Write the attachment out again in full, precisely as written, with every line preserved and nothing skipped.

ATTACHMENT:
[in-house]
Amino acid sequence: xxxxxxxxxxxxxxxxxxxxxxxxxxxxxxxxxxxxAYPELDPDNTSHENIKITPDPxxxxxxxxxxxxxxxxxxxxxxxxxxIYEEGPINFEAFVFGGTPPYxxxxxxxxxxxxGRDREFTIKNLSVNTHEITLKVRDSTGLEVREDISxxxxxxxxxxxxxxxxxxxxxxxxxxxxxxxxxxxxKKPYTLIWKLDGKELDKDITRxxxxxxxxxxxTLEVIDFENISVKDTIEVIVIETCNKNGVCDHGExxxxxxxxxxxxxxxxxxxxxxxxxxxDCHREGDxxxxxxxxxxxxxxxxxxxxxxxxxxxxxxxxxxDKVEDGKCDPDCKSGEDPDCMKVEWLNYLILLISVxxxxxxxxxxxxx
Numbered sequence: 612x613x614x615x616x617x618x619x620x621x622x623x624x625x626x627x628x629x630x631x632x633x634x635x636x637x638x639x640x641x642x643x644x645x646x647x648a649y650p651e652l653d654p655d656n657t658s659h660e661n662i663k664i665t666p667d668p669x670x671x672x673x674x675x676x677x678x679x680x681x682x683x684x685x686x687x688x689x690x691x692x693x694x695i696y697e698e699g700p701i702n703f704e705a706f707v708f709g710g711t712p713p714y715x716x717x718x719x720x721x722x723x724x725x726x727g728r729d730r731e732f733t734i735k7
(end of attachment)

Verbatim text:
[in-house]
Amino acid sequence: xxxxxxxxxxxxxxxxxxxxxxxxxxxxxxxxxxxxAYPELDPDNTSHENIKITPDPxxxxxxxxxxxxxxxxxxxxxxxxxxIYEEGPINFEAFVFGGTPPYxxxxxxxxxxxxGRDREFTIKNLSVNTHEITLKVRDSTGLEVREDISxxxxxxxxxxxxxxxxxxxxxxxxxxxxxxxxxxxxKKPYTLIWKLDGKELDKDITRxxxxxxxxxxxTLEVIDFENISVKDTIEVIVIETCNKNGVCDHGExxxxxxxxxxxxxxxxxxxxxxxxxxxDCHREGDxxxxxxxxxxxxxxxxxxxxxxxxxxxxxxxxxxDKVEDGKCDPDCKSGEDPDCMKVEWLNYLILLISVxxxxxxxxxxxxx
Numbered sequence: 612x613x614x615x616x617x618x619x620x621x622x623x624x625x626x627x628x629x630x631x632x633x634x635x636x637x638x639x640x641x642x643x644x645x646x647x648a649y650p651e652l653d654p655d656n657t658s659h660e661n662i663k664i665t666p667d668p669x670x671x672x673x674x675x676x677x678x679x680x681x682x683x684x685x686x687x688x689x690x691x692x693x694x695i696y697e698e699g700p701i702n703f704e705a706f707v708f709g710g711t712p713p714y715x716x717x718x719x720x721x722x723x724x725x726x727g728r729d730r731e732f733t734i735k7